Don Winslow – The Gentlemen’s Hour

Laid back, ultraCalifornia cool, the former cop turned PI begins each day with the Dawn Patrol, a close-knit group of surfers, best friends who not only ride waves together but have one another’s backs out of the water. It’s the life Boone loves, all he wants. To him, “There’s no such thing as a bad day at the beach.” So when one of their own is murdered – especially an icon like Kelly Kuhio, a local hero – and another surfer, a young punk from the Rockpile Crew, stands accused, the small world of Pacific Beach is rocked to its core.

Boone knows he can no longer ignore the painful truth that violence is seeping into the surfing community. But when he agrees to help the defense, the outrage he courts from the community, and the Dawn Patrol, is more than he ever anticipated. He’s risking losing the relationships that define his life – just when he needs them most.

As Boone digs deeper into San Diego’s murkier side, delving into places the city’s reputation-conscious establishment would rather he left alone, it becomes clear that more than a murder case is at stake. He soon finds himself out there alone, struggling to stay afloat as the waves get rougher and rougher… and more deadly. It’s The Gentlemen’s Hour – and it could be Boone’s last.

Author: Don Winslow
Narrator: Holter Graham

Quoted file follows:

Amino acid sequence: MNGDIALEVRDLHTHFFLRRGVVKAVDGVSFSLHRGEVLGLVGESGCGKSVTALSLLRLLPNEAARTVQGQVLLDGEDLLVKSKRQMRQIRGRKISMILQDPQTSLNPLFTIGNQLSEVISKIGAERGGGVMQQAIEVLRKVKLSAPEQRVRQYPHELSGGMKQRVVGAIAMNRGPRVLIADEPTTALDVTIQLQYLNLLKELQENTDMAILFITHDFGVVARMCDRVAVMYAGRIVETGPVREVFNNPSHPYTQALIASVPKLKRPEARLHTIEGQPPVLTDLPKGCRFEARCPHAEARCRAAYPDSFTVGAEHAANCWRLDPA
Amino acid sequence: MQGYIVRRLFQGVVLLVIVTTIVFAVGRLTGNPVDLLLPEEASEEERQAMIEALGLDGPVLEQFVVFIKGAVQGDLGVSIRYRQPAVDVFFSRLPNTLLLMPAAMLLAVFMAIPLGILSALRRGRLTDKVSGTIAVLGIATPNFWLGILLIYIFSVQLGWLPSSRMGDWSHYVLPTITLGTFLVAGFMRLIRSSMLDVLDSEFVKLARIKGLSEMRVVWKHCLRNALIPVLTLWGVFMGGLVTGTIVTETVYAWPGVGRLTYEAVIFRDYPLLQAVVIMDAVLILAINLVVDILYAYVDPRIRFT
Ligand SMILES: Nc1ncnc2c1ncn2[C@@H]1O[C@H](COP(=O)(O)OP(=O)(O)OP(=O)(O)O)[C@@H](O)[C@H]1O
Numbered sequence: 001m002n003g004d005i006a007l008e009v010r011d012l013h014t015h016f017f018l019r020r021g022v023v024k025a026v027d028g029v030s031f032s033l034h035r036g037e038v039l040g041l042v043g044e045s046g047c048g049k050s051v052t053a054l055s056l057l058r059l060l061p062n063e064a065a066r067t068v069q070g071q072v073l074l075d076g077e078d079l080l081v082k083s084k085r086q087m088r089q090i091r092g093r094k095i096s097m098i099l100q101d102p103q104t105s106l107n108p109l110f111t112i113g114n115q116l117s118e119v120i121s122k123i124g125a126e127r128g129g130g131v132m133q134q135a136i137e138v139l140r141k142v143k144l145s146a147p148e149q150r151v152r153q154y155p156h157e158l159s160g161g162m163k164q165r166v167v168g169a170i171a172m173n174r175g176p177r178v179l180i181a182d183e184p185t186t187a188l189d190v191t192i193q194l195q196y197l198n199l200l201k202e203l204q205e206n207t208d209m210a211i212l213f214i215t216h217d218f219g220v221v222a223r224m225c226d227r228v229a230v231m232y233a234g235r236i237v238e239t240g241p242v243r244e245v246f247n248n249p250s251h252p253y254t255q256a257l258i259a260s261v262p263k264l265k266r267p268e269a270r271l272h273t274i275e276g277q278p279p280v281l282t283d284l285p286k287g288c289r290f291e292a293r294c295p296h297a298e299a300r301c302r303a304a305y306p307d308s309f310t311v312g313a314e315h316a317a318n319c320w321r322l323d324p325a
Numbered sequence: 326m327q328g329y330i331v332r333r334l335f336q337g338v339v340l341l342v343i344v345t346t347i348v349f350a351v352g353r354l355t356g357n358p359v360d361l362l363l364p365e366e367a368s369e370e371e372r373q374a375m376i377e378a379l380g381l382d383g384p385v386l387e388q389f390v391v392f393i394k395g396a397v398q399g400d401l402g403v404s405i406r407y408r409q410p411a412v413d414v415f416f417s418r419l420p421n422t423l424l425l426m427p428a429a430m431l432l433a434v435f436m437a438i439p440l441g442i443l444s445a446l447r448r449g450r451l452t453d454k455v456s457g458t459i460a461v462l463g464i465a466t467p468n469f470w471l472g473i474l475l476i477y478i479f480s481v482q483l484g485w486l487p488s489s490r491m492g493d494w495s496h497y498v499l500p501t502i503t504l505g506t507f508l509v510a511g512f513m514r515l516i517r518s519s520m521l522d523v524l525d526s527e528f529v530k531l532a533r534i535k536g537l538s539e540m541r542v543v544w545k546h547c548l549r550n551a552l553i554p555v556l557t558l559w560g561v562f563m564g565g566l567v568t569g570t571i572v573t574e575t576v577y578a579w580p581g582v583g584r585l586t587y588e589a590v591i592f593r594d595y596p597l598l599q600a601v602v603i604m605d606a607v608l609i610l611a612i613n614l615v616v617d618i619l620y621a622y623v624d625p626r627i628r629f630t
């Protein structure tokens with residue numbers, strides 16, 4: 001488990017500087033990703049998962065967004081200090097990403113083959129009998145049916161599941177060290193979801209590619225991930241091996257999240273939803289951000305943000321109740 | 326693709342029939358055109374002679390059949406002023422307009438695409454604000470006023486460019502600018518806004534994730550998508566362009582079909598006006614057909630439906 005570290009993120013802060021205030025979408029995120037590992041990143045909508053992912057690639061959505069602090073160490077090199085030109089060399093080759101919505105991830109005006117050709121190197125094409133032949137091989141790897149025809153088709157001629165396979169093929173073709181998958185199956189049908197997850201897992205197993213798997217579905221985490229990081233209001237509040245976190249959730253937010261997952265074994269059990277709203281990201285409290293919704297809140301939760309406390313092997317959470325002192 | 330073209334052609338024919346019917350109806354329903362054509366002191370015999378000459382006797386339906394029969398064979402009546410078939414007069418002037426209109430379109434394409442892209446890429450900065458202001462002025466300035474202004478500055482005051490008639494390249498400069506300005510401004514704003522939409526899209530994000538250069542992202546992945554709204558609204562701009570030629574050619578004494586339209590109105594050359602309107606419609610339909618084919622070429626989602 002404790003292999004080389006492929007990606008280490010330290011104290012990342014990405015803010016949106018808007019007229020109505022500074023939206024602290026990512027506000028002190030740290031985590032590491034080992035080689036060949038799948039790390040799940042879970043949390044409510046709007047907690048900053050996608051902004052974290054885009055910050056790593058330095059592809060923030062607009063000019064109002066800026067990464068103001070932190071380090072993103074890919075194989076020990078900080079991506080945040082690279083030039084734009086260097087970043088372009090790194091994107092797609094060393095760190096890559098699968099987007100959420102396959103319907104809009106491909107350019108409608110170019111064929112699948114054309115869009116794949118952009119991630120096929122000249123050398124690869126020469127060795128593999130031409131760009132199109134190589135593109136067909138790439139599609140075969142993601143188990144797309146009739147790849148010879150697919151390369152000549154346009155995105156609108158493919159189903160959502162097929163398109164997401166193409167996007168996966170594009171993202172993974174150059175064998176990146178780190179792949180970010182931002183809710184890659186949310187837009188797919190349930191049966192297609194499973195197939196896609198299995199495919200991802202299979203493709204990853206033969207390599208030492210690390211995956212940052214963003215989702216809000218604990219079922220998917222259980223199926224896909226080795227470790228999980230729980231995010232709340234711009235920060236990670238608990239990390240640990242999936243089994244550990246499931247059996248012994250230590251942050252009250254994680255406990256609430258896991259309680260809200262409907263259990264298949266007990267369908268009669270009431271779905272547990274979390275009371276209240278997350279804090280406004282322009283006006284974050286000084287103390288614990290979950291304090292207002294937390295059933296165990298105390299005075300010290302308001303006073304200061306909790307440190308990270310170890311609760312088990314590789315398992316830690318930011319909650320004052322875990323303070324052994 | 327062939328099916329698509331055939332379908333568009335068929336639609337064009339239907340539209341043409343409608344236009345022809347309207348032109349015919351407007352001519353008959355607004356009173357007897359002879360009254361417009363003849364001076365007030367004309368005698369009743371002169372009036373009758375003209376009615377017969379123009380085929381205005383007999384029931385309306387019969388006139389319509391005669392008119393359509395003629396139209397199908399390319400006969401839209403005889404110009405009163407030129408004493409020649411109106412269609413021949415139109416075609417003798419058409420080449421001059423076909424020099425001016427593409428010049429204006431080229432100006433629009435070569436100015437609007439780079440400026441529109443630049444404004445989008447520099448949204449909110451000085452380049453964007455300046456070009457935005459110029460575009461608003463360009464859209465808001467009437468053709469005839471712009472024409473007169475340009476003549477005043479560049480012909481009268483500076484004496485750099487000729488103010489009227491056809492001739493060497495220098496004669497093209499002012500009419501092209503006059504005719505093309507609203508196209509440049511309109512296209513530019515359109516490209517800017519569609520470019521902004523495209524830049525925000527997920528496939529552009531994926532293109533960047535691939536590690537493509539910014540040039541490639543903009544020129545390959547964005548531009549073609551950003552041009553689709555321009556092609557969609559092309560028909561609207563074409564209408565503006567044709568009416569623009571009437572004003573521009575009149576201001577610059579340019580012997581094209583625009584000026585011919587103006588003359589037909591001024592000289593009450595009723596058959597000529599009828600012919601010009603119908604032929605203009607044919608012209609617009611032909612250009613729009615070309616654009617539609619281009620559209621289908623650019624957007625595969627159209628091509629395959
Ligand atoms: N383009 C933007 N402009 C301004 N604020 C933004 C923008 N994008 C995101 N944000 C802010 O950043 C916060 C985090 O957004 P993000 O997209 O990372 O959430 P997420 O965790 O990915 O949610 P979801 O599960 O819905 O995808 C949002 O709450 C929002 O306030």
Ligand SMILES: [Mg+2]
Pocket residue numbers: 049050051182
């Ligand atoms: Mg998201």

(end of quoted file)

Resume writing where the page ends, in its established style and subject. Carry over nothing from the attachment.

Duration: 9 hours 52 minutes
Released: 11 Feb 2008
Publisher: Simon & Schuster Audio
Language: English

User Review:

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This ‘surfer as Renaissance Man’ is charming and well constructed and more than a tad goofy, but a fun read. Can this be the same author that penned Isle of Joy?? Isle is linked to the non-fictive world of the Kennedy’s and the politics and intrigues of the time. A novel that inspires thought and more than a hint of recognition. G’s Hour, on the other hand, is a playful romp laced with inane surfer linguistics that had me chuckling throughout. Both these books are prime starting points for a compelling series. Winslow’s writing skills continue to improve exponentially and I guess there’s more $ in surfer quest than historical sleuthing. In either event, the writing skill is present in abundance. More, Mr Winslow (sic), MORE!